Special mention is due to Fran Kelly, soprano soloist in the Pie Jesu. Blessed with a clear, ringing voice, Miss Kelly sang simply and from her heart - where others might have been tempted to fuss - and the effect was all the more touching on account of it.

Once again the tenors brought their lyrical long-lined singing to the fore in Agnus Dei, as always, ably supported by the other sections. The lusciousness of the harmonies at Luceat eis was fully realised by the choir and brought attention to the sheer opulence of the score. As an effective compositional device, the end of this movement returned to the very opening of the work, thus signalling the rounding of a circle. The final Luceat eis amply demonstrated the literally luminous quality of the singing.

Libera me was an earlier composition, added later to the work. It fitted perfectly, with the baritone soloist representing the voice of the penitent. The choir then joined in, leading to a very short Dies irae that was no less fearful and frightening for its brevity. The movement ended with the choir repeating the baritone solo in a final submission to the mercy of God.

Fauré could well have drawn a double bar at the end of Libera me. How lucky we are that he didn’t. In paradisum acts like a postscript, a coda to the trials and tribulations of life. This was magically sung by the choir, sublime and devastatingly beautiful.

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After the interval, the brilliant and versatile Edward Batting gave a spirited performance of a Prelude & Fugue by Bach. It was good to be reminded of the great man’s legacy which provided the foundation for the bulk of what we regard as traditional classical music today.

The final work in the evening’s programme was Vivaldi’s Gloria - a familiar and favourite warhorse with many choral societies. This was one of two Glorias composed by Vivaldi in the early 1700s when his work at a school for orphans required constant new works for weekly services as well as performances. It was a fascinating time for church music because opera was beginning to flourish. Audiences expected more than traditional plainchant and a cappella polyphony, increasingly demanding more expressive, lively music. Vivaldi ensured that this work - with its twelve short verses, some no longer than a mere phrase - was full of energy, life and contrasting light and shade.

Collings set a cracking pace right from the start - an exuberant instrumental prelude taken up with similar effectiveness by Handel in Zadok the Priest, composed some ten years later. After the frequently hushed restraint of the Tippett and Fauré, it rather felt as if ECS and its new MD were unleashed and allowed to burst forth with gusto. Excellent – just what the doctor ordered.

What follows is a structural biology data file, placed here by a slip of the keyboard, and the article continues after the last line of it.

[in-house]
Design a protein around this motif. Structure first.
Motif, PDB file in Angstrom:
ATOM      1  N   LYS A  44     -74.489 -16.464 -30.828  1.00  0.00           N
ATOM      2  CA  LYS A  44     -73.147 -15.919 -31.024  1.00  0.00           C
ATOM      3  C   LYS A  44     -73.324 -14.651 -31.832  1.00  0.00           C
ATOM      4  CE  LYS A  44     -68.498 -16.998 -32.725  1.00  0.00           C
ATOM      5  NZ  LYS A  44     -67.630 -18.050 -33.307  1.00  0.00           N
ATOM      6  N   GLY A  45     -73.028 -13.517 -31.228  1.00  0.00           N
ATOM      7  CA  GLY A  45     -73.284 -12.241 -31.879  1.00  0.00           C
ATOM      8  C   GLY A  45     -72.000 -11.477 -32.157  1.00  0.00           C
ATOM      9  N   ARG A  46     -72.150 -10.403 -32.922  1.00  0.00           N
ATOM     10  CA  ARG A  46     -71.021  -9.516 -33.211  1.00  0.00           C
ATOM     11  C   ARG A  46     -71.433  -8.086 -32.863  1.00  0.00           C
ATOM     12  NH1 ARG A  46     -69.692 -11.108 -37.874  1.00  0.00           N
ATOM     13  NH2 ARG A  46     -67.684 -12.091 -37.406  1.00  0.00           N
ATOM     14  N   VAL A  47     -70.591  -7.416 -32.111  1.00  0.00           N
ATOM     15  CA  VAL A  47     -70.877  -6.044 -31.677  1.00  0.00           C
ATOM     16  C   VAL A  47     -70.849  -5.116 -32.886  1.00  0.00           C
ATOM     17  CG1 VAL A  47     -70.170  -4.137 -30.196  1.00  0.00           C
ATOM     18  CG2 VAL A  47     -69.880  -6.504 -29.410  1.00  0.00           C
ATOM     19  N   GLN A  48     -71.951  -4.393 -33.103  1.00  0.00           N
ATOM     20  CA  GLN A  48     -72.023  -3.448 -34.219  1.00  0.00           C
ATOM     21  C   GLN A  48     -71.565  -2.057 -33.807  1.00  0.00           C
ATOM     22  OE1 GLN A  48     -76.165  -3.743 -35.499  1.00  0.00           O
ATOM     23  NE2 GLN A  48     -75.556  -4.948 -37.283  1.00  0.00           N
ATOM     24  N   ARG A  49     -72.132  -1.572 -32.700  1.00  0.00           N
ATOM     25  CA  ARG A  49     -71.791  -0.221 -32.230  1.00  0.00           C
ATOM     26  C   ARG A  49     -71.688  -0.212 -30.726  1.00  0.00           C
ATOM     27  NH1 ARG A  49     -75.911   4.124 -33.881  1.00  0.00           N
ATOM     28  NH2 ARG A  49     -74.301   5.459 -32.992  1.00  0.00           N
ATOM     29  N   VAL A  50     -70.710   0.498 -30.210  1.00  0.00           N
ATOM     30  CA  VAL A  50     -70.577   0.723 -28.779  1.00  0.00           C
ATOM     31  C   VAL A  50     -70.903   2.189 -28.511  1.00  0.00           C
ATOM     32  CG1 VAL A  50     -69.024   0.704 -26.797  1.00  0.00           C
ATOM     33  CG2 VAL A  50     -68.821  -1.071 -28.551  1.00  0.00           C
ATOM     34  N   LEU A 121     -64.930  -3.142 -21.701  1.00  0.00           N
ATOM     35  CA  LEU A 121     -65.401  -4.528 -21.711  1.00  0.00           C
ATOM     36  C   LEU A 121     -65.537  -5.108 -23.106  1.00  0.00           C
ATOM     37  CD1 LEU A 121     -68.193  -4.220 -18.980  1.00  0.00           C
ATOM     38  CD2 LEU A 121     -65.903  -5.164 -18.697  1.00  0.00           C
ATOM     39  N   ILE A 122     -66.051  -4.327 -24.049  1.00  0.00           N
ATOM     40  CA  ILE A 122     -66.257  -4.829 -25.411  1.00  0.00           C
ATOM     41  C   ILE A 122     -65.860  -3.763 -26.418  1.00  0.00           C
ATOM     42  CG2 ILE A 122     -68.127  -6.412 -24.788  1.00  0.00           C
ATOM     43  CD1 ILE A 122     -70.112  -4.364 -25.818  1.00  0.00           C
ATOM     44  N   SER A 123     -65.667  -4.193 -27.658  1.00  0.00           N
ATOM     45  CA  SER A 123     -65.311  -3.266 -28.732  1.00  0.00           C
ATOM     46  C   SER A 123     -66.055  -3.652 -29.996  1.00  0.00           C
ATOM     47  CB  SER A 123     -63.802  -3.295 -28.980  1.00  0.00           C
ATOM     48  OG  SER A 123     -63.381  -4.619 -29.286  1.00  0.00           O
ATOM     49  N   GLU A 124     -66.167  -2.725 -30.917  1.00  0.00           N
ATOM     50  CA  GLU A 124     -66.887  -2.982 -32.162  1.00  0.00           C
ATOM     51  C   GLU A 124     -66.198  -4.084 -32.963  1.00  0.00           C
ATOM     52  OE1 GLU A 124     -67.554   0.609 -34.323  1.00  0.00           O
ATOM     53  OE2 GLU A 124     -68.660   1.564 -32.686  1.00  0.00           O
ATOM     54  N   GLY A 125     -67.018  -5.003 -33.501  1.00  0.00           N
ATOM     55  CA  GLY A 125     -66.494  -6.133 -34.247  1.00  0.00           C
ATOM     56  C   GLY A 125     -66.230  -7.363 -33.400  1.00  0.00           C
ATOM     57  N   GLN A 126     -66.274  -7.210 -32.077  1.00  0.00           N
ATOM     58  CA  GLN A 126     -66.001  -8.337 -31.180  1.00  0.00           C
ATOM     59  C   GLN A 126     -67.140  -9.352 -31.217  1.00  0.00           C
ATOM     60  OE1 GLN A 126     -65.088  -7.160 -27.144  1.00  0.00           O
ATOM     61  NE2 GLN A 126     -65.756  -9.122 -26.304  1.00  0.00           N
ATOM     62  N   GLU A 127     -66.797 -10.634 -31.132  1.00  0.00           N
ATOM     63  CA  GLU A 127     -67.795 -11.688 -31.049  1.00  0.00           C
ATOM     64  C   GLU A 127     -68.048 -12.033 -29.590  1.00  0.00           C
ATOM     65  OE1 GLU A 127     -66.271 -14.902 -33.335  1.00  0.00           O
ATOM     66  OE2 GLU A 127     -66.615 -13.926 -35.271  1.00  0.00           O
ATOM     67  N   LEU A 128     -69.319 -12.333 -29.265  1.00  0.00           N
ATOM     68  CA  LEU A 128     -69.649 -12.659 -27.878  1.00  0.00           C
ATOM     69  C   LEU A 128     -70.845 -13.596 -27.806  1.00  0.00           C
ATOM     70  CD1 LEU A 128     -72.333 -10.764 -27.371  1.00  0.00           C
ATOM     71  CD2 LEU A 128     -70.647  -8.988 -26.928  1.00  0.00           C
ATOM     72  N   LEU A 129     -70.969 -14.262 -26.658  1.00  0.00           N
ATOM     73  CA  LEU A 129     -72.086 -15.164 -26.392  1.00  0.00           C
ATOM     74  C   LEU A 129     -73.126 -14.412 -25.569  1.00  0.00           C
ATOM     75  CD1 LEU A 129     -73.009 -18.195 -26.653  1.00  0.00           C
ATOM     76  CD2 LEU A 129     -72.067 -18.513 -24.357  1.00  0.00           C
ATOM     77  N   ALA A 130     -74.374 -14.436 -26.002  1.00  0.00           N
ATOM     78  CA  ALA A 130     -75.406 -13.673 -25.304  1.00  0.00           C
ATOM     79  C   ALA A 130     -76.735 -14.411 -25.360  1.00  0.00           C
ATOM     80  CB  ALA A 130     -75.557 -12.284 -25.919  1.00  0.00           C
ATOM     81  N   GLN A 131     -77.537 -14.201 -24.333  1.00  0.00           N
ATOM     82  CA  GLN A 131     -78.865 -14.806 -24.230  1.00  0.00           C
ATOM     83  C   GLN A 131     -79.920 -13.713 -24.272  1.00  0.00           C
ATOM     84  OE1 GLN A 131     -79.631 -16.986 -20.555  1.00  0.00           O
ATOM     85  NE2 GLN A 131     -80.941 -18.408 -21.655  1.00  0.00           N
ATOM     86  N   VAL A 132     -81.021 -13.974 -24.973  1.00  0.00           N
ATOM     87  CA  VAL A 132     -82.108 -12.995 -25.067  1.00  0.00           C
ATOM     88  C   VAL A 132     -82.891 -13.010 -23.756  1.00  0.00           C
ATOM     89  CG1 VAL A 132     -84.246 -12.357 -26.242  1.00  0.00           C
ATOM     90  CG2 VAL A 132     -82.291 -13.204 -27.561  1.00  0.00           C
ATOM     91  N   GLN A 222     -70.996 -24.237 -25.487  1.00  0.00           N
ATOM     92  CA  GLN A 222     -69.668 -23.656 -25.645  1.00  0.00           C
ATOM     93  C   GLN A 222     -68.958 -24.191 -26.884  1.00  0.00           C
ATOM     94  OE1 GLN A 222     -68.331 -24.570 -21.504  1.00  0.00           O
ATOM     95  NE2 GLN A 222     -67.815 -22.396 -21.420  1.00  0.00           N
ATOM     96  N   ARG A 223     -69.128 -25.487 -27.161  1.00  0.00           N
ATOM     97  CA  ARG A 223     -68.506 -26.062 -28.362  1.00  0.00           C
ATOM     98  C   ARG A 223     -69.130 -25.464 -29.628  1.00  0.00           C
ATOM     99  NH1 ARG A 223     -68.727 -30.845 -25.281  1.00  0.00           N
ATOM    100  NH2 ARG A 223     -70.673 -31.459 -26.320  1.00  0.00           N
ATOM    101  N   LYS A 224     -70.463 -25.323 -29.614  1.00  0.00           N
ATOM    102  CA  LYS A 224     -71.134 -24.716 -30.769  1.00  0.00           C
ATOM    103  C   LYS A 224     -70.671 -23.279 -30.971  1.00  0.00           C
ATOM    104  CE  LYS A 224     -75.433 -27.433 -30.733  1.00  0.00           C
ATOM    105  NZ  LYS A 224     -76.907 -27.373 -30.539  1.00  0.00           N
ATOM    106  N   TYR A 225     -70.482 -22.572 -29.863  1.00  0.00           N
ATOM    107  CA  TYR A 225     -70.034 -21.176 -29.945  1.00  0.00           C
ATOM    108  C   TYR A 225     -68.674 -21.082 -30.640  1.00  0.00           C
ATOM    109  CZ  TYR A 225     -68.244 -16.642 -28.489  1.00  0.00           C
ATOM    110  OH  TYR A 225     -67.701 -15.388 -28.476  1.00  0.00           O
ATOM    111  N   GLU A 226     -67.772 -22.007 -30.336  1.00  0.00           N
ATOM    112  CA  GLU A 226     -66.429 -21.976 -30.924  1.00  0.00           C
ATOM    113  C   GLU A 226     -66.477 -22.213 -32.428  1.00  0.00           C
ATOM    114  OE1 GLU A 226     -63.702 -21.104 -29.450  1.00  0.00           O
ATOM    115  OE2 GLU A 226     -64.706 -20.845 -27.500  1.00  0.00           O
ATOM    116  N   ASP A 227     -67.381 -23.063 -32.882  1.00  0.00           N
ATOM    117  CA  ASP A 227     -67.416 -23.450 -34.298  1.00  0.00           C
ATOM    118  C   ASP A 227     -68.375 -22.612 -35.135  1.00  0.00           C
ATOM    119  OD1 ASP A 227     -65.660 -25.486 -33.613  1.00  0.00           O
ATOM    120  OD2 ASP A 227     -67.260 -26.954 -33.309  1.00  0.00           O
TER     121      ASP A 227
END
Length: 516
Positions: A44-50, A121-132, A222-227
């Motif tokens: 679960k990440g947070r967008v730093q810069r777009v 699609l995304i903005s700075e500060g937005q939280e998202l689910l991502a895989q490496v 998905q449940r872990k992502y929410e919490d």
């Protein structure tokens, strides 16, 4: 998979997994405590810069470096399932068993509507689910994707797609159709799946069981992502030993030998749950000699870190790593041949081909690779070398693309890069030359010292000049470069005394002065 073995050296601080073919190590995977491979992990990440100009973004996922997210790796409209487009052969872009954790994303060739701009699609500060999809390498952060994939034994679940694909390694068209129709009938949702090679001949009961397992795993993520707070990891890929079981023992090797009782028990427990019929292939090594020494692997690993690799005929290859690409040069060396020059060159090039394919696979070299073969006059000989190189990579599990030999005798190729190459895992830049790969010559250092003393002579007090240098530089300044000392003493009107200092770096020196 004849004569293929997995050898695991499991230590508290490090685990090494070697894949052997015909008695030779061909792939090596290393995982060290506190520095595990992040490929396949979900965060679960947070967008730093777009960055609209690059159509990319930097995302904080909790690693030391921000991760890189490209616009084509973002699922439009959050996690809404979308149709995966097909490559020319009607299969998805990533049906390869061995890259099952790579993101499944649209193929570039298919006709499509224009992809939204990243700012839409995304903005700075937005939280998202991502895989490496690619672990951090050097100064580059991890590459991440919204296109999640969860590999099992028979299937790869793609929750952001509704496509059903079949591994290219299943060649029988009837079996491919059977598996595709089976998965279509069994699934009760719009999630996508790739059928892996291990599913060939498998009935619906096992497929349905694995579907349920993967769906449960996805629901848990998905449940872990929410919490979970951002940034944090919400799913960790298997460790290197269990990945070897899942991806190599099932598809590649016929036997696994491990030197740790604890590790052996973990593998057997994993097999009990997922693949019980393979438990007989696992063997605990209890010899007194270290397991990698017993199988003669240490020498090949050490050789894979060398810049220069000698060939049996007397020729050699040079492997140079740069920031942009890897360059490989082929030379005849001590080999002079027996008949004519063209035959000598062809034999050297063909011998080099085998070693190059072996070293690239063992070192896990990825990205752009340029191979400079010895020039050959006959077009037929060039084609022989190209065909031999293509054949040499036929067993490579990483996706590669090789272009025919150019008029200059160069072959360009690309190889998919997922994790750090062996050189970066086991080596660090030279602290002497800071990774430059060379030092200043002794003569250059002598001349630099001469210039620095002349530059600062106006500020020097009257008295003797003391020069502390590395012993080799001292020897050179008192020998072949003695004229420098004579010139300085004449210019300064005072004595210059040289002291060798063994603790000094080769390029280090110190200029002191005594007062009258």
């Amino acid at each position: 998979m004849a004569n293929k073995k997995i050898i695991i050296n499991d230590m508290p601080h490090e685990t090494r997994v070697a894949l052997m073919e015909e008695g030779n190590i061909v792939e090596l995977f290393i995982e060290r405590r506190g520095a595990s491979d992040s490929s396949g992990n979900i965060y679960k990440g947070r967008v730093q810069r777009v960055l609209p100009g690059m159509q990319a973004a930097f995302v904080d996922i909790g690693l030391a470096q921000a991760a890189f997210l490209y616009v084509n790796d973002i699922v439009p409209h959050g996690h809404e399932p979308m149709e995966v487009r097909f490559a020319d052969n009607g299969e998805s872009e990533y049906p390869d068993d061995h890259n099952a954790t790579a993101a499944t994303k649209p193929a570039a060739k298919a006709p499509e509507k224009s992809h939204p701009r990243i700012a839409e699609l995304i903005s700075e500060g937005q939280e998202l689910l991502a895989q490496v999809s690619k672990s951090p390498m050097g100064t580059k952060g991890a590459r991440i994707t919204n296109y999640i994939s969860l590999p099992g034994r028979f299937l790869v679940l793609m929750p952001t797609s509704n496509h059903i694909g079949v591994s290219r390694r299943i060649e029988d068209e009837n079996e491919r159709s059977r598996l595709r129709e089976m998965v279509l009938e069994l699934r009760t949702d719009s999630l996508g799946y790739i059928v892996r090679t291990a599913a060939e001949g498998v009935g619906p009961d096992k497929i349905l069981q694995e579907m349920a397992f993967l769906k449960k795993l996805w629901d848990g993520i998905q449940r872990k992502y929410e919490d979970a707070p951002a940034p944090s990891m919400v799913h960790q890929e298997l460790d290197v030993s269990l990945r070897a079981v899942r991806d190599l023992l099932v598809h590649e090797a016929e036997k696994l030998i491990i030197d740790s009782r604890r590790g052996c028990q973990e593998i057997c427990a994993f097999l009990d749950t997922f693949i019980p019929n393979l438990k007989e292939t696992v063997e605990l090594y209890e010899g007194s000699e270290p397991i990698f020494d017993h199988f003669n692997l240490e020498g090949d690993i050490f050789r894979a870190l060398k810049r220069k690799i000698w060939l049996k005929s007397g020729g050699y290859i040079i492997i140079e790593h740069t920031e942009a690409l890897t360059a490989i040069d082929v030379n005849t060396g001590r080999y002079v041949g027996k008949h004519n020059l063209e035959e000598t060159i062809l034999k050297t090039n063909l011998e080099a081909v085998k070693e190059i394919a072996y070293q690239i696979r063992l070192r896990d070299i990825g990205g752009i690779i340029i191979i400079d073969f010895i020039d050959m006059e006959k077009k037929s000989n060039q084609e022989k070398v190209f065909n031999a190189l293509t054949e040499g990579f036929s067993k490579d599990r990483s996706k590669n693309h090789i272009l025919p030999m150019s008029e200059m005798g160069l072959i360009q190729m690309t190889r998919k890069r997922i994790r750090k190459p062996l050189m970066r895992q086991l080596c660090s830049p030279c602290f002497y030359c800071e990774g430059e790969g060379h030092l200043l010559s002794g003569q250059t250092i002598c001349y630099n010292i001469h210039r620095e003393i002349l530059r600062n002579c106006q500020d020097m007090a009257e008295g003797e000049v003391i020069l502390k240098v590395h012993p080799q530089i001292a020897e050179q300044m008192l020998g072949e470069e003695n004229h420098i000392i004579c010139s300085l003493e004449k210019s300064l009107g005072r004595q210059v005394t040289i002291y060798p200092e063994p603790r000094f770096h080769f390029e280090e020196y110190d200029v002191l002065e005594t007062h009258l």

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From here on, we embarked on a journey where each ‘verse’ or section was a departure from the previous, whether in mood, tonality or voice setting. Et in terra pax was peaceful and calm and set in the key of B minor. Whilst relatively straightforward harmonically, the choir produced singing of great sensitivity.

The soprano duet Laudamus te allowed the two sopranos, Alice Pugh and Fran Kelly, to shine. Their voices were beautifully paired and they delivered this paean of praise with joy.

After the shortest interlude, Gratias agimus tibi, came the wonderful fugal fragment, Propter magnam. All entries were crisply delivered and suffused with energy.

Domine Deus featured soprano solo in respectful praise of God the Father. Domine Filii unigenite - a lively fugal section - allowed the choir to show off its vocal dexterity in the handling of the persistent dotted rhythm - bravo.

Domine Deus, Agnus Dei was set for alto solo alternating with full chorus in the manner of a cantor leading the assembled faithful. Qui tollis featured an astonishing diminished seventh in the opening harmonies. This would certainly have raised eyebrows in an audience of the time. Qui sedes again provided contrast with an alto solo sandwiched by a lyrical, tender instrumental interlude.

The penultimate section Quoniam returned to the burst of glory that opened the work. And in the spirit of the time, Cum Sancto Spirito - a rousing fugue - gave us a final blaze of glory with its complex mesh of counterpoint, confidently sung and joyfully received by the very attentive and appreciative audience.

Our journeys home were infused with exhilaration at the excellent blend of sympathetic, poised and heartfelt singing delivered by ECS and Collings - and entirely uplifted by the music that we have come to know and love through the years.

Lynda Chang is a local musician, conductor of local choirs and accompanist for others
[Thanks to Clive Richardson for the photographs]

Epsom Choral Society is a Registered Charity, number 273757